Primary metal projects
Sohar (Rio Tinto: 20 per cent)
In 2007, construction advanced on time and on budget at the 350,000 tonnes per annum smelter at Sohar, Oman. When complete, the 350,000 tonne potline would be the world’s largest both in terms of capacity and overall length, utilising the world’s most advanced commercial technology, the RTA owned AP35 smelting technology. The smelter is expected to produce aluminium ingot for export commencing in the first half of 2008. Once operational, the smelter is expected to be positioned in the first quartile of the industry cost curve.
A second potline of similar size is currently the subject of discussions among the joint venture partners. Under the original agreement between the partners, RTA has the right to take up to 60 per cent of this second potline.
Hydropower (Rio Tinto: 100 per cent)
On 26 April 2007, the former Alcan announced the investment of US$130 million in a new, power efficient hydro generator to be installed at the group’s Shipshaw power facility in Quebec, Canada. The new generator will optimise the performance of the facility and improve the efficiency with which the water flow is utilised. In addition, on 30 January 2008, the group announced an investment of US$90 million in its Lochaber, Scotland hydro-electric facilities, designed to ensure the future of smelting in the Highlands of Scotland for many years to come. The project, which will see the installation of new hydro-electric turbo generators, is expected to commence in 2009 and be completed by 2012.
Spent pot lining facility (Rio Tinto: 100 per cent)
RTA is building a US$180 million aluminium spent pot lining recycling plant in Quebec’s Saguenay-Lac-Saint-Jean region of Canada. This unique industrial scale pilot plant is expected to have a capacity of approximately 80,000 tonnes to recycle spent pot lining using Alcan’s proprietary technology.
Spent pot lining is the residual material generated in the de-lining of pots following the aluminium smelting electrolysis process. The spent pot lining is composed of carbon and various inert elements and is typically pre-treated and land filled under strict precautions. Through this new process, all of the spent pot lining will be recyclable, providing the global aluminium industry with a sustainable re-usable solution for spent pot lining by-products.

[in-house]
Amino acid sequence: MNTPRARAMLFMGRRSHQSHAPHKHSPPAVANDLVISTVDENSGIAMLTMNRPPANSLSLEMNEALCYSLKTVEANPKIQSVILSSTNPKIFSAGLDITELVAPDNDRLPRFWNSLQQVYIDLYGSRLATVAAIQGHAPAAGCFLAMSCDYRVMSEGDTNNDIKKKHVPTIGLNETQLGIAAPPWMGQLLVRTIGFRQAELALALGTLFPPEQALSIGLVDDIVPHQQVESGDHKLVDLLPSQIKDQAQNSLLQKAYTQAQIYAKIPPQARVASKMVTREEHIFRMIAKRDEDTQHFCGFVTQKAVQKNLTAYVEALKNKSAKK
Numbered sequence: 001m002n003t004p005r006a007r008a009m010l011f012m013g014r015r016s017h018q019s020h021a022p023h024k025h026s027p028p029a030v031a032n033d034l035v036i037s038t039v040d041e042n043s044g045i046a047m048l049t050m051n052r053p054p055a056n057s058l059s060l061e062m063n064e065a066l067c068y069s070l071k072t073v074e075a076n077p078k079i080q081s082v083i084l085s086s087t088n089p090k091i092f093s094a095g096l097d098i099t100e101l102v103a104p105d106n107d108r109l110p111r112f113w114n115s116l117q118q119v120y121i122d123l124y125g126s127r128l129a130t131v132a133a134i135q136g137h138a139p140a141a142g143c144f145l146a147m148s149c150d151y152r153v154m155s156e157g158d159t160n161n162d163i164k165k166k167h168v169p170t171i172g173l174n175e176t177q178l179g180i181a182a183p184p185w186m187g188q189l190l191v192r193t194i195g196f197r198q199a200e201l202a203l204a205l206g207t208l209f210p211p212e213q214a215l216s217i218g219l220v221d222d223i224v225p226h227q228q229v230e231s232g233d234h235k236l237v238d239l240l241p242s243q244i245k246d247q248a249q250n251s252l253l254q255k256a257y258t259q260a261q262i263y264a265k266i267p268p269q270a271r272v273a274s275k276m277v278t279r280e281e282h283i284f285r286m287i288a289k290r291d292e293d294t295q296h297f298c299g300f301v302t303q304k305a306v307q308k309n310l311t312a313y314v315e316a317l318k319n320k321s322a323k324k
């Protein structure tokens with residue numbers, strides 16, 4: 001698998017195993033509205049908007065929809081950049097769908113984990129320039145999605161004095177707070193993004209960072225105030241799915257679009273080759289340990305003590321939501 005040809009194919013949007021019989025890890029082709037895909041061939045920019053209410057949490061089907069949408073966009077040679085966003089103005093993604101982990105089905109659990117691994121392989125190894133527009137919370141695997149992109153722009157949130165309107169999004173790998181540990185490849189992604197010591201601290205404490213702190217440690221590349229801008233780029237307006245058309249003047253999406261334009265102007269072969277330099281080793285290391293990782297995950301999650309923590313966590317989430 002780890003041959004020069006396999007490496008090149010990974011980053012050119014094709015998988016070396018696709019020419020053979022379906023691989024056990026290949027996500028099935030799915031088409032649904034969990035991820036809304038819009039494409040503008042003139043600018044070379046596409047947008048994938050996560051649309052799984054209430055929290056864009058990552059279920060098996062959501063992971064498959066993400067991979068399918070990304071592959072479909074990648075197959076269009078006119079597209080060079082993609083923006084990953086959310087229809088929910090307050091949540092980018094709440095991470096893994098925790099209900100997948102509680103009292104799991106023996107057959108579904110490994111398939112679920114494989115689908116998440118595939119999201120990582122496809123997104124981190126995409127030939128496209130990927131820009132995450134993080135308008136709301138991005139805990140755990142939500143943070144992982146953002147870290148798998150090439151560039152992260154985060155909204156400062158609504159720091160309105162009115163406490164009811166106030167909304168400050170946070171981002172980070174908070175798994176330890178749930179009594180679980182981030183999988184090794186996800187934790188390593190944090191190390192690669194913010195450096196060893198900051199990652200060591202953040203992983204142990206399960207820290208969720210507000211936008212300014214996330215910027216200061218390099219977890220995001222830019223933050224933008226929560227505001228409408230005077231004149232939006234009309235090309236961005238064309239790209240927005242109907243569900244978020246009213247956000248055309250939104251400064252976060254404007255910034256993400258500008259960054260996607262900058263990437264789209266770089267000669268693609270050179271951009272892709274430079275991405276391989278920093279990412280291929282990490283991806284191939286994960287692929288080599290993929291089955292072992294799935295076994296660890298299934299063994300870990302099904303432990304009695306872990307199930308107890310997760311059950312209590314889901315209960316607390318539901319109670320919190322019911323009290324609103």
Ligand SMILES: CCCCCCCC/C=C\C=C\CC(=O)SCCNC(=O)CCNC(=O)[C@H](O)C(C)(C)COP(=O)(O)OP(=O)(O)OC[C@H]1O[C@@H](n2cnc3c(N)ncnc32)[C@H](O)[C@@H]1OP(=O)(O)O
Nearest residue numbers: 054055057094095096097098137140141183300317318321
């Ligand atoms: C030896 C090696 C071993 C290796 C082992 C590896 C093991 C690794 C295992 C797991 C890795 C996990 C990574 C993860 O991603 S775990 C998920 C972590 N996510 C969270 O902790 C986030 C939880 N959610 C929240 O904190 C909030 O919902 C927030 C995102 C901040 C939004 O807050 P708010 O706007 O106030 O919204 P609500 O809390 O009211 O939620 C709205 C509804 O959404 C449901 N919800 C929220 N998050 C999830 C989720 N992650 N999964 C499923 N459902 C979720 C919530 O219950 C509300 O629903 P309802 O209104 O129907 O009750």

The plant’s technology was developed at RTA’s Arvida Research and Development Centre and is expected to begin pot lining treatment operations in 2008.
Kitimat (Rio Tinto: 100 per cent)
In 2006, Alcan announced its intention to modernise the existing Kitimat smelter, replacing the current Soderberg technology with industry leading AP35+ prebake technology and increasing smelter capacity to 400,000 tonnes per annum. The facility will take advantage of the RTA owned Kemano hydro-electric facility, with a capacity of 896 MW, and access to the Pacific Rim in terms of raw materials and metal markets, while reducing the environmental footprint of the existing plant by 40 per cent by reducing GHG generation by around 500,000 tonnes per annum.
Total investment in respect of the project is expected to be around US$2 billion. On 30 January 2008, the third and final condition for proceeding to board approval of the project was completed with clearance from the British Columbia Utilities Commission in respect of BC Hydro’s 2007 Energy Purchase Agreement with RTA. The other two hurdles were the securing of an acceptable labour agreement for construction and start up and assurances on environmental permitting issues. Advanced feasibility studies have been completed and the project is expected to be submitted for approval during 2008, on which basis first metal can be expected in 2011. When completed, the smelter is expected to be positioned in the first quartile of the industry cost curve.
Quebec (Rio Tinto: 100 per cent)